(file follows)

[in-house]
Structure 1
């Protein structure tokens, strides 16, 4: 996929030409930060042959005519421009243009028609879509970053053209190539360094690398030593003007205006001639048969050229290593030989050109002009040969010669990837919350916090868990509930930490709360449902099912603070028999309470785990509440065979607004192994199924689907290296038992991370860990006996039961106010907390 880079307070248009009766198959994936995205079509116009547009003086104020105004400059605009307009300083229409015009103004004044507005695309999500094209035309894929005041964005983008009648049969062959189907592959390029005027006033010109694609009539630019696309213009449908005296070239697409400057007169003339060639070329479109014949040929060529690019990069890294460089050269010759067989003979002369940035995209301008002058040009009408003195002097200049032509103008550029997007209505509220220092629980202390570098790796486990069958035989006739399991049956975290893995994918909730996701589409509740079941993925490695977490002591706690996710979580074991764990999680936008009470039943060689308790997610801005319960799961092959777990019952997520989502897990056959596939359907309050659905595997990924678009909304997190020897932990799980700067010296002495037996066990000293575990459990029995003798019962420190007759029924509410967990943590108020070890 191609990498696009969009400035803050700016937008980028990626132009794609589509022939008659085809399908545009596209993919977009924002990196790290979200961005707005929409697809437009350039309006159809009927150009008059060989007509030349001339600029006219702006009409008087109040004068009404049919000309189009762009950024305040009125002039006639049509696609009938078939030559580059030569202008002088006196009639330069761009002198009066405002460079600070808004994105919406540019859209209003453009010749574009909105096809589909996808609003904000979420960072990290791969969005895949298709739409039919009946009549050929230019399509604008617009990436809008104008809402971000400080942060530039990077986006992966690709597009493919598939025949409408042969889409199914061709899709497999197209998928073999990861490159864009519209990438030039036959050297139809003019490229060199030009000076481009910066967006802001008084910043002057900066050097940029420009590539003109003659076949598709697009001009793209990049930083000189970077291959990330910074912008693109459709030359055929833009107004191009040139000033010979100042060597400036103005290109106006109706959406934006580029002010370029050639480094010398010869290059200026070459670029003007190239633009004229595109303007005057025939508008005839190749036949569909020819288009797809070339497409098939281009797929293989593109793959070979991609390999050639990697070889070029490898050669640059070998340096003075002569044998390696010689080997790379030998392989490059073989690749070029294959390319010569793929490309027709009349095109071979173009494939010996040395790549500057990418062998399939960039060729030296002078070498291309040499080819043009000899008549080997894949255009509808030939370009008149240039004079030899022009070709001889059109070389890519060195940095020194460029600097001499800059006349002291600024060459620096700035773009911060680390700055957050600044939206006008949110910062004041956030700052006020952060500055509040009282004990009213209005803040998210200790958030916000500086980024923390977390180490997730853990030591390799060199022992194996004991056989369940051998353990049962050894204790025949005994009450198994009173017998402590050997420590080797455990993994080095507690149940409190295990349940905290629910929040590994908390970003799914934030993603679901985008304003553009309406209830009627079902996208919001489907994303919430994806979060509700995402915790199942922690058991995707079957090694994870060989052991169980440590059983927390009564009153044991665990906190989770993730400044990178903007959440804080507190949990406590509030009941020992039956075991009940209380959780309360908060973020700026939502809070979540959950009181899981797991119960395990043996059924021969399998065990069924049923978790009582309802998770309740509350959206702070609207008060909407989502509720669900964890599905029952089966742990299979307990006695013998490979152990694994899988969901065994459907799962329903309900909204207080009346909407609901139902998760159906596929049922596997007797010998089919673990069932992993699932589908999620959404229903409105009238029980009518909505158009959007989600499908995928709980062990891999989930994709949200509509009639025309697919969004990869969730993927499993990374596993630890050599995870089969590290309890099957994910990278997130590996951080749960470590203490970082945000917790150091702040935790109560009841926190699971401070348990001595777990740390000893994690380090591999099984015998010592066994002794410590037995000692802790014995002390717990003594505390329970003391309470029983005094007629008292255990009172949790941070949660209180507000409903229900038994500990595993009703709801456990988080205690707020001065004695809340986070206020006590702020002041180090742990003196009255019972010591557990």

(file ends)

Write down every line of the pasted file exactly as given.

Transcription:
[in-house]
Structure 1
């Protein structure tokens, strides 16, 4: 996929030409930060042959005519421009243009028609879509970053053209190539360094690398030593003007205006001639048969050229290593030989050109002009040969010669990837919350916090868990509930930490709360449902099912603070028999309470785990509440065979607004192994199924689907290296038992991370860990006996039961106010907390 880079307070248009009766198959994936995205079509116009547009003086104020105004400059605009307009300083229409015009103004004044507005695309999500094209035309894929005041964005983008009648049969062959189907592959390029005027006033010109694609009539630019696309213009449908005296070239697409400057007169003339060639070329479109014949040929060529690019990069890294460089050269010759067989003979002369940035995209301008002058040009009408003195002097200049032509103008550029997007209505509220220092629980202390570098790796486990069958035989006739399991049956975290893995994918909730996701589409509740079941993925490695977490002591706690996710979580074991764990999680936008009470039943060689308790997610801005319960799961092959777990019952997520989502897990056959596939359907309050659905595997990924678009909304997190020897932990799980700067010296002495037996066990000293575990459990029995003798019962420190007759029924509410967990943590108020070890 191609990498696009969009400035803050700016937008980028990626132009794609589509022939008659085809399908545009596209993919977009924002990196790290979200961005707005929409697809437009350039309006159809009927150009008059060989007509030349001339600029006219702006009409008087109040004068009404049919000309189009762009950024305040009125002039006639049509696609009938078939030559580059030569202008002088006196009639330069761009002198009066405002460079600070808004994105919406540019859209209003453009010749574009909105096809589909996808609003904000979420960072990290791969969005895949298709739409039919009946009549050929230019399509604008617009990436809008104008809402971000400080942060530039990077986006992966690709597009493919598939025949409408042969889409199914061709899709497999197209998928073999990861490159864009519209990438030039036959050297139809003019490229060199030009000076481009910066967006802001008084910043002057900066050097940029420009590539003109003659076949598709697009001009793209990049930083000189970077291959990330910074912008693109459709030359055929833009107004191009040139000033010979100042060597400036103005290109106006109706959406934006580029002010370029050639480094010398010869290059200026070459670029003007190239633009004229595109303007005057025939508008005839190749036949569909020819288009797809070339497409098939281009797929293989593109793959070979991609390999050639990697070889070029490898050669640059070998340096003075002569044998390696010689080997790379030998392989490059073989690749070029294959390319010569793929490309027709009349095109071979173009494939010996040395790549500057990418062998399939960039060729030296002078070498291309040499080819043009000899008549080997894949255009509808030939370009008149240039004079030899022009070709001889059109070389890519060195940095020194460029600097001499800059006349002291600024060459620096700035773009911060680390700055957050600044939206006008949110910062004041956030700052006020952060500055509040009282004990009213209005803040998210200790958030916000500086980024923390977390180490997730853990030591390799060199022992194996004991056989369940051998353990049962050894204790025949005994009450198994009173017998402590050997420590080797455990993994080095507690149940409190295990349940905290629910929040590994908390970003799914934030993603679901985008304003553009309406209830009627079902996208919001489907994303919430994806979060509700995402915790199942922690058991995707079957090694994870060989052991169980440590059983927390009564009153044991665990906190989770993730400044990178903007959440804080507190949990406590509030009941020992039956075991009940209380959780309360908060973020700026939502809070979540959950009181899981797991119960395990043996059924021969399998065990069924049923978790009582309802998770309740509350959206702070609207008060909407989502509720669900964890599905029952089966742990299979307990006695013998490979152990694994899988969901065994459907799962329903309900909204207080009346909407609901139902998760159906596929049922596997007797010998089919673990069932992993699932589908999620959404229903409105009238029980009518909505158009959007989600499908995928709980062990891999989930994709949200509509009639025309697919969004990869969730993927499993990374596993630890050599995870089969590290309890099957994910990278997130590996951080749960470590203490970082945000917790150091702040935790109560009841926190699971401070348990001595777990740390000893994690380090591999099984015998010592066994002794410590037995000692802790014995002390717990003594505390329970003391309470029983005094007629008292255990009172949790941070949660209180507000409903229900038994500990595993009703709801456990988080205690707020001065004695809340986070206020006590702020002041180090742990003196009255019972010591557990």